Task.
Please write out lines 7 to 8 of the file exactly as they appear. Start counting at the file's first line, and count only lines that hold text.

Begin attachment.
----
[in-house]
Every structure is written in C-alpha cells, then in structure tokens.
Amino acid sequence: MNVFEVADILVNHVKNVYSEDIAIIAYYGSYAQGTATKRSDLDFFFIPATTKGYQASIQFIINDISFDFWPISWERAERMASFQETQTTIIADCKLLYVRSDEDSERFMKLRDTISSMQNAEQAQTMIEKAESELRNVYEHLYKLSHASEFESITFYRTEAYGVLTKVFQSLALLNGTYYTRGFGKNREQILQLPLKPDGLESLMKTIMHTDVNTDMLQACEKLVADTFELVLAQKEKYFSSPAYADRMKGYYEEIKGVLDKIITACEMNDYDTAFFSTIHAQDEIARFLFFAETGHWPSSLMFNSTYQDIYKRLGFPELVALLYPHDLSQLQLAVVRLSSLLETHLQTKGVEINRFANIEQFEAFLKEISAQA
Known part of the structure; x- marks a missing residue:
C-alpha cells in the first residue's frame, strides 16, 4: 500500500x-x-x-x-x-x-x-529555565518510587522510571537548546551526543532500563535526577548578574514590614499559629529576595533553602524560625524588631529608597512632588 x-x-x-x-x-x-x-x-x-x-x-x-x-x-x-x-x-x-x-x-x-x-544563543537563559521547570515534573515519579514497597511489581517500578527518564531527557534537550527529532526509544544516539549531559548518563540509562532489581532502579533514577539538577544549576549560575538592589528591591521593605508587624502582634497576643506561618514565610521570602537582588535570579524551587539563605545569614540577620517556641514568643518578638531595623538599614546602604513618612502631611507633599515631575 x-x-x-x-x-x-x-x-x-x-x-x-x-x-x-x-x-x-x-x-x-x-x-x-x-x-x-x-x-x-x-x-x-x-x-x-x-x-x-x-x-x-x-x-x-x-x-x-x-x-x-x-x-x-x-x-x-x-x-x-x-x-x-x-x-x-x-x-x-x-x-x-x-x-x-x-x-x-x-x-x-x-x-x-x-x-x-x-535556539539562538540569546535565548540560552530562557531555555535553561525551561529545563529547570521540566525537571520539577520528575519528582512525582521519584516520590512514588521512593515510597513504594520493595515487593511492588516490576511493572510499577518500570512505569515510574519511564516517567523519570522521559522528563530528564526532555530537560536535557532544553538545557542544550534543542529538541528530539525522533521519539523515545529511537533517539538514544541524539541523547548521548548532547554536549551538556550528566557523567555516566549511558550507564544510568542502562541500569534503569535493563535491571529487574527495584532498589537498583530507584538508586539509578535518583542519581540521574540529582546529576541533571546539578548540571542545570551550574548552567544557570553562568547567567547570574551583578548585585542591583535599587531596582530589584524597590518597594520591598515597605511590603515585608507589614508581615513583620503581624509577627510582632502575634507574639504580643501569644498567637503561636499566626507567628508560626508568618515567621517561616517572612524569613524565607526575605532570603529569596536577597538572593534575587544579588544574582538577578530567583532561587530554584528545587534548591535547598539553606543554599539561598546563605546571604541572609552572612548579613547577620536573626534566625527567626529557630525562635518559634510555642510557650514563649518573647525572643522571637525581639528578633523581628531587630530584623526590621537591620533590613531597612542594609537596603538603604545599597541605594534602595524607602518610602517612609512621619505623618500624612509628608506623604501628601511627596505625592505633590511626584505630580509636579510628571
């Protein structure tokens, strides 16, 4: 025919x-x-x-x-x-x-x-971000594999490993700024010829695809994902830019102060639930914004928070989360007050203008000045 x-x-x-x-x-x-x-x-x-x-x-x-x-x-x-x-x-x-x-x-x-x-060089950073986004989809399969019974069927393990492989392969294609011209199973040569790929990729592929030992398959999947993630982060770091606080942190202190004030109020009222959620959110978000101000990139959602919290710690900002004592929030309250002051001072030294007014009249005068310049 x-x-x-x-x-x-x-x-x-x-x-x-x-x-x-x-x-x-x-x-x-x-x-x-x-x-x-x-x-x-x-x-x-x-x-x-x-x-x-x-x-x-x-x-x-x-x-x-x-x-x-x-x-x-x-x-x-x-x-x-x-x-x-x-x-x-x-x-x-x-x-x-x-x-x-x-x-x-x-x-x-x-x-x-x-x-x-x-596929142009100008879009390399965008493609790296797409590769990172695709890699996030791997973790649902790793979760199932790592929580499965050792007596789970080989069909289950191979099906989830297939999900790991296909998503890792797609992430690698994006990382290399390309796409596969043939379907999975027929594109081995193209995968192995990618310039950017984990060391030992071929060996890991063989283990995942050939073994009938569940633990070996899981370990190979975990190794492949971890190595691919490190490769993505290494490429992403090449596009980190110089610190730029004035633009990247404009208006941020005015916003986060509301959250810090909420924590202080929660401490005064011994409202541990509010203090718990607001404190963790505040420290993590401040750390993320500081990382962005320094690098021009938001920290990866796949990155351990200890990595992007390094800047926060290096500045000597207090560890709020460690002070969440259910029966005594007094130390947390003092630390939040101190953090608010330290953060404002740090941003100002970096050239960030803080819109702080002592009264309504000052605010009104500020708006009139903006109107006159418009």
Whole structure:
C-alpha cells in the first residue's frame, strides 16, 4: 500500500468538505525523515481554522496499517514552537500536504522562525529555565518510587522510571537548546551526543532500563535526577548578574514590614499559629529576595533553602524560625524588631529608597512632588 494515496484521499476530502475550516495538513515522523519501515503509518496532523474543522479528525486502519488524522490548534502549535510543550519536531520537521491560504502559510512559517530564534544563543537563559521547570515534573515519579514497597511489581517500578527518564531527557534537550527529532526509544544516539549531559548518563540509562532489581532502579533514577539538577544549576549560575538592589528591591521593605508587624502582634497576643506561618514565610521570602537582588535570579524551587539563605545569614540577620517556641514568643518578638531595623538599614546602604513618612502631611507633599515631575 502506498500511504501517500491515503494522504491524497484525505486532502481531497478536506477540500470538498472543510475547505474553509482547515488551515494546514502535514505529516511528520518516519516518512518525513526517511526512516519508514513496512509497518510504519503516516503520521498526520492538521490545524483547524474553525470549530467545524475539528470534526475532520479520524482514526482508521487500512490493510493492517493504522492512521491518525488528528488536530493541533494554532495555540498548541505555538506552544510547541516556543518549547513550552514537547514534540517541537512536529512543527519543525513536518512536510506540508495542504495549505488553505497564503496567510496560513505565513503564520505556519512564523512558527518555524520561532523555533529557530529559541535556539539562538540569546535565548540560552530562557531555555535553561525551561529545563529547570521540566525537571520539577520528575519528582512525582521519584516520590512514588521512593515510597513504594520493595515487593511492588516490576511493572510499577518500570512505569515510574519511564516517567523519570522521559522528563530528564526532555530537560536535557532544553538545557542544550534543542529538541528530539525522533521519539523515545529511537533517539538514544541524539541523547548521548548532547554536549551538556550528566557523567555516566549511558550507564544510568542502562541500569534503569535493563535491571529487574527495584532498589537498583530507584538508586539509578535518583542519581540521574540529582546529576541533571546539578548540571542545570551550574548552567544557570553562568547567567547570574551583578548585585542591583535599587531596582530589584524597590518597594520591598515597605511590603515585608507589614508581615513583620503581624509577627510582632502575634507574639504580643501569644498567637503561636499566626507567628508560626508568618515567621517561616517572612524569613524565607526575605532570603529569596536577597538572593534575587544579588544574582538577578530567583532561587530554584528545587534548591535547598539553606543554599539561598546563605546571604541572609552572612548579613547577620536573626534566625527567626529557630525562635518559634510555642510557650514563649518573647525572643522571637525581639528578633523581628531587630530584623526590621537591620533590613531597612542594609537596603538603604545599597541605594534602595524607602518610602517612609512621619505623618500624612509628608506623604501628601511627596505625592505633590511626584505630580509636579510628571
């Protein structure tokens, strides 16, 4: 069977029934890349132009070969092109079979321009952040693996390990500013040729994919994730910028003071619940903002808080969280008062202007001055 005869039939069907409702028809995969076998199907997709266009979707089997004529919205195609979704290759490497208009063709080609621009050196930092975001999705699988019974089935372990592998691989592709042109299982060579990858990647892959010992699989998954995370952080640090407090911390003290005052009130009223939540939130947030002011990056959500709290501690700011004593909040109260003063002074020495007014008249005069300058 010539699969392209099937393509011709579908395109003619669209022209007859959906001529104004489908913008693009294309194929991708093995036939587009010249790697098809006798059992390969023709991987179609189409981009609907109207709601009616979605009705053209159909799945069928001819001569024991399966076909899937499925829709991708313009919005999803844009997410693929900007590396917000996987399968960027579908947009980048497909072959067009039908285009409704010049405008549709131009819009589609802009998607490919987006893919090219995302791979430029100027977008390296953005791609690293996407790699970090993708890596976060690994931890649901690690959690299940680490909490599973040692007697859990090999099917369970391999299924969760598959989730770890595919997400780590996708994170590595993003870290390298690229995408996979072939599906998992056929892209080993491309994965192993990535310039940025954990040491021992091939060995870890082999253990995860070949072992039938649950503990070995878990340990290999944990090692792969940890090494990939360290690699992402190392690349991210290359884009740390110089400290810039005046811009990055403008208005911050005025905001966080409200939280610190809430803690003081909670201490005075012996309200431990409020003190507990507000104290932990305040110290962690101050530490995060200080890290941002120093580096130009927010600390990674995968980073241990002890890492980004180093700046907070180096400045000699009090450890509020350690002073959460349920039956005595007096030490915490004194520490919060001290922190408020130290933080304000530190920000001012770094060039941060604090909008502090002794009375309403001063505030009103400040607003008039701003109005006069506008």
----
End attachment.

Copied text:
Whole structure:
C-alpha cells in the first residue's frame, strides 16, 4: 500500500468538505525523515481554522496499517514552537500536504522562525529555565518510587522510571537548546551526543532500563535526577548578574514590614499559629529576595533553602524560625524588631529608597512632588 494515496484521499476530502475550516495538513515522523519501515503509518496532523474543522479528525486502519488524522490548534502549535510543550519536531520537521491560504502559510512559517530564534544563543537563559521547570515534573515519579514497597511489581517500578527518564531527557534537550527529532526509544544516539549531559548518563540509562532489581532502579533514577539538577544549576549560575538592589528591591521593605508587624502582634497576643506561618514565610521570602537582588535570579524551587539563605545569614540577620517556641514568643518578638531595623538599614546602604513618612502631611507633599515631575 502506498500511504501517500491515503494522504491524497484525505486532502481531497478536506477540500470538498472543510475547505474553509482547515488551515494546514502535514505529516511528520518516519516518512518525513526517511526512516519508514513496512509497518510504519503516516503520521498526520492538521490545524483547524474553525470549530467545524475539528470534526475532520479520524482514526482508521487500512490493510493492517493504522492512521491518525488528528488536530493541533494554532495555540498548541505555538506552544510547541516556543518549547513550552514537547514534540517541537512536529512543527519543525513536518512536510506540508495542504495549505488553505497564503496567510496560513505565513503564520505556519512564523512558527518555524520561532523555533529557530529559541535556539539562538540569546535565548540560552530562557531555555535553561525551561529545563529547570521540566525537571520539577520528575519528582512525582521519584516520590512514588521512593515510597513504594520493595515487593511492588516490576511493572510499577518500570512505569515510574519511564516517567523519570522521559522528563530528564526532555530537560536535557532544553538545557542544550534543542529538541528530539525522533521519539523515545529511537533517539538514544541524539541523547548521548548532547554536549551538556550528566557523567555516566549511558550507564544510568542502562541500569534503569535493563535491571529487574527495584532498589537498583530507584538508586539509578535518583542519581540521574540529582546529576541533571546539578548540571542545570551550574548552567544557570553562568547567567547570574551583578548585585542591583535599587531596582530589584524597590518597594520591598515597605511590603515585608507589614508581615513583620503581624509577627510582632502575634507574639504580643501569644498567637503561636499566626507567628508560626508568618515567621517561616517572612524569613524565607526575605532570603529569596536577597538572593534575587544579588544574582538577578530567583532561587530554584528545587534548591535547598539553606543554599539561598546563605546571604541572609552572612548579613547577620536573626534566625527567626529557630525562635518559634510555642510557650514563649518573647525572643522571637525581639528578633523581628531587630530584623526590621537591620533590613531597612542594609537596603538603604545599597541605594534602595524607602518610602517612609512621619505623618500624612509628608506623604501628601511627596505625592505633590511626584505630580509636579510628571